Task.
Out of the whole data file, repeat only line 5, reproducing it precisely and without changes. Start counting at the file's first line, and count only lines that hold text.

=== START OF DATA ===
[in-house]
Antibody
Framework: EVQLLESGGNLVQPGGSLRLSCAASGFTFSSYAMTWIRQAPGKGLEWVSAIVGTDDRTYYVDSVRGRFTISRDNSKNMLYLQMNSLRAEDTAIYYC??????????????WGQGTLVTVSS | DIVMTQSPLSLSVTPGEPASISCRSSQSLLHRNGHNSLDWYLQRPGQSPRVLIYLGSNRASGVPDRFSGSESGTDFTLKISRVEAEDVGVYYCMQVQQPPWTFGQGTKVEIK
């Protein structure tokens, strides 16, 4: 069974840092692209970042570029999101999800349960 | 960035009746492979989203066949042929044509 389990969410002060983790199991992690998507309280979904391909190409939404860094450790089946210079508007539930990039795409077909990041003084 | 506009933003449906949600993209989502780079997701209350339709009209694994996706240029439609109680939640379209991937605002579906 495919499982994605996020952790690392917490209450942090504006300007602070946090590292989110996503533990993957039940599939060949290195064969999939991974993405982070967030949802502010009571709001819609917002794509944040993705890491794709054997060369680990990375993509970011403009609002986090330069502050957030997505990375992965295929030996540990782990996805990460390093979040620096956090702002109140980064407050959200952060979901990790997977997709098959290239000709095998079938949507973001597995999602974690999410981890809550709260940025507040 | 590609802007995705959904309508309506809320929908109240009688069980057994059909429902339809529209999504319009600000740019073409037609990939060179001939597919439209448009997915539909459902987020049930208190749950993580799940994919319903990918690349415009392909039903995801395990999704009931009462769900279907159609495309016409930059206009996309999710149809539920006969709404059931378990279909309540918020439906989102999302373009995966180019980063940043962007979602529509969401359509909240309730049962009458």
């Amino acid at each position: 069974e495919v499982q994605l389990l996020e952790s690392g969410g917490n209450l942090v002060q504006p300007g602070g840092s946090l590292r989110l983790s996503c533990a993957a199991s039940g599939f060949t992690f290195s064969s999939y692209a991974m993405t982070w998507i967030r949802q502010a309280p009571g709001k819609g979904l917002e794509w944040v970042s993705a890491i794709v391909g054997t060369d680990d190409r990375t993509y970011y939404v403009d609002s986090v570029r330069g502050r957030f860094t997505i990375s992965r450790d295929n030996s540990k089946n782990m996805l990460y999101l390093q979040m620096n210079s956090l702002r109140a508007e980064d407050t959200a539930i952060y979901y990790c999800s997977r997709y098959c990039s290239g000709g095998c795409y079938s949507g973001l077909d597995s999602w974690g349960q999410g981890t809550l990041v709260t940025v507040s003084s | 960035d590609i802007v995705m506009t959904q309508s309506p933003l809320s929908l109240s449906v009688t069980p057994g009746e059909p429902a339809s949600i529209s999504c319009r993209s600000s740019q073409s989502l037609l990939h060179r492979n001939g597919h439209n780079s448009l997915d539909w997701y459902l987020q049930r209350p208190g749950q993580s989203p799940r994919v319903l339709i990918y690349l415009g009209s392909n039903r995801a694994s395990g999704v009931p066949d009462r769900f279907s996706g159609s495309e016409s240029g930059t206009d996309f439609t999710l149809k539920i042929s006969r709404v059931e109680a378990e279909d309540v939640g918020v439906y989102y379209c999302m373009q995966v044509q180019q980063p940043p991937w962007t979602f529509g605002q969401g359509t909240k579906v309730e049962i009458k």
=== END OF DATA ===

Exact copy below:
């Amino acid at each position: 069974e495919v499982q994605l389990l996020e952790s690392g969410g917490n209450l942090v002060q504006p300007g602070g840092s946090l590292r989110l983790s996503c533990a993957a199991s039940g599939f060949t992690f290195s064969s999939y692209a991974m993405t982070w998507i967030r949802q502010a309280p009571g709001k819609g979904l917002e794509w944040v970042s993705a890491i794709v391909g054997t060369d680990d190409r990375t993509y970011y939404v403009d609002s986090v570029r330069g502050r957030f860094t997505i990375s992965r450790d295929n030996s540990k089946n782990m996805l990460y999101l390093q979040m620096n210079s956090l702002r109140a508007e980064d407050t959200a539930i952060y979901y990790c999800s997977r997709y098959c990039s290239g000709g095998c795409y079938s949507g973001l077909d597995s999602w974690g349960q999410g981890t809550l990041v709260t940025v507040s003084s | 960035d590609i802007v995705m506009t959904q309508s309506p933003l809320s929908l109240s449906v009688t069980p057994g009746e059909p429902a339809s949600i529209s999504c319009r993209s600000s740019q073409s989502l037609l990939h060179r492979n001939g597919h439209n780079s448009l997915d539909w997701y459902l987020q049930r209350p208190g749950q993580s989203p799940r994919v319903l339709i990918y690349l415009g009209s392909n039903r995801a694994s395990g999704v009931p066949d009462r769900f279907s996706g159609s495309e016409s240029g930059t206009d996309f439609t999710l149809k539920i042929s006969r709404v059931e109680a378990e279909d309540v939640g918020v439906y989102y379209c999302m373009q995966v044509q180019q980063p940043p991937w962007t979602f529509g605002q969401g359509t909240k579906v309730e049962i009458k």